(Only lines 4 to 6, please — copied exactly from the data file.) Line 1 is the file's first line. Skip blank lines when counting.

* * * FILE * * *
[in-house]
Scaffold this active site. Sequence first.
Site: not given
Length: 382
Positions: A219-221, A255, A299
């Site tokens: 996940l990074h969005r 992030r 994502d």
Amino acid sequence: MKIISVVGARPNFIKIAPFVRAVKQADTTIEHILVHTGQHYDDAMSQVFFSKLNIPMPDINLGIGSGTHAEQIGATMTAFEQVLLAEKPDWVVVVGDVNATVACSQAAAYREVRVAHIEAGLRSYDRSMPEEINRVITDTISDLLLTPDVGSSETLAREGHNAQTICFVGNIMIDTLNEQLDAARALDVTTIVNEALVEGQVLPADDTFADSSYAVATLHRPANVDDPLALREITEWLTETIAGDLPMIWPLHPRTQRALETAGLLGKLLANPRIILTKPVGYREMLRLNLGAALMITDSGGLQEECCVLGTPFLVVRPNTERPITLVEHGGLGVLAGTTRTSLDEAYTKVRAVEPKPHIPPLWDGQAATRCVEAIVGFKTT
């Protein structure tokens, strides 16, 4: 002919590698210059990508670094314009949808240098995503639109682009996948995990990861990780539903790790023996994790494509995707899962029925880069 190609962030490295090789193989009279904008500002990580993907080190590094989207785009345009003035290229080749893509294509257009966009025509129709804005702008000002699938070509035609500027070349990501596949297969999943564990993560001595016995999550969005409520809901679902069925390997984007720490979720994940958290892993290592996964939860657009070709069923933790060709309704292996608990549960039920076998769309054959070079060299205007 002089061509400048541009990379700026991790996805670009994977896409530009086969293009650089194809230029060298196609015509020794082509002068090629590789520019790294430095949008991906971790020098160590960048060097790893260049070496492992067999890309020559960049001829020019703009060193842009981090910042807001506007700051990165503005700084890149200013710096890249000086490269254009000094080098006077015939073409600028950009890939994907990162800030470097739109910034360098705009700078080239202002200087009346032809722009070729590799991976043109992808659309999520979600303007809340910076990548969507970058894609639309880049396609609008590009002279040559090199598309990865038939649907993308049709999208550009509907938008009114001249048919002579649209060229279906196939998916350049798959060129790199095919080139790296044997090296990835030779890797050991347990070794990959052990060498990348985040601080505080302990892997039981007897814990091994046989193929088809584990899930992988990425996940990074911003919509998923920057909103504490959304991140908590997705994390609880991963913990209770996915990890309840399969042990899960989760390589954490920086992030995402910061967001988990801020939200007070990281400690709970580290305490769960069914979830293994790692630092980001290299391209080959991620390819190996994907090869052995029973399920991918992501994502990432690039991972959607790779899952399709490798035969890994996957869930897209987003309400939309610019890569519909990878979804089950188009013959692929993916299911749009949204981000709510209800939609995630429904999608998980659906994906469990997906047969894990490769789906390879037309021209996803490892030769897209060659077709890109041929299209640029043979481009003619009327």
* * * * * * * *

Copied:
Length: 382
Positions: A219-221, A255, A299
């Site tokens: 996940l990074h969005r 992030r 994502d």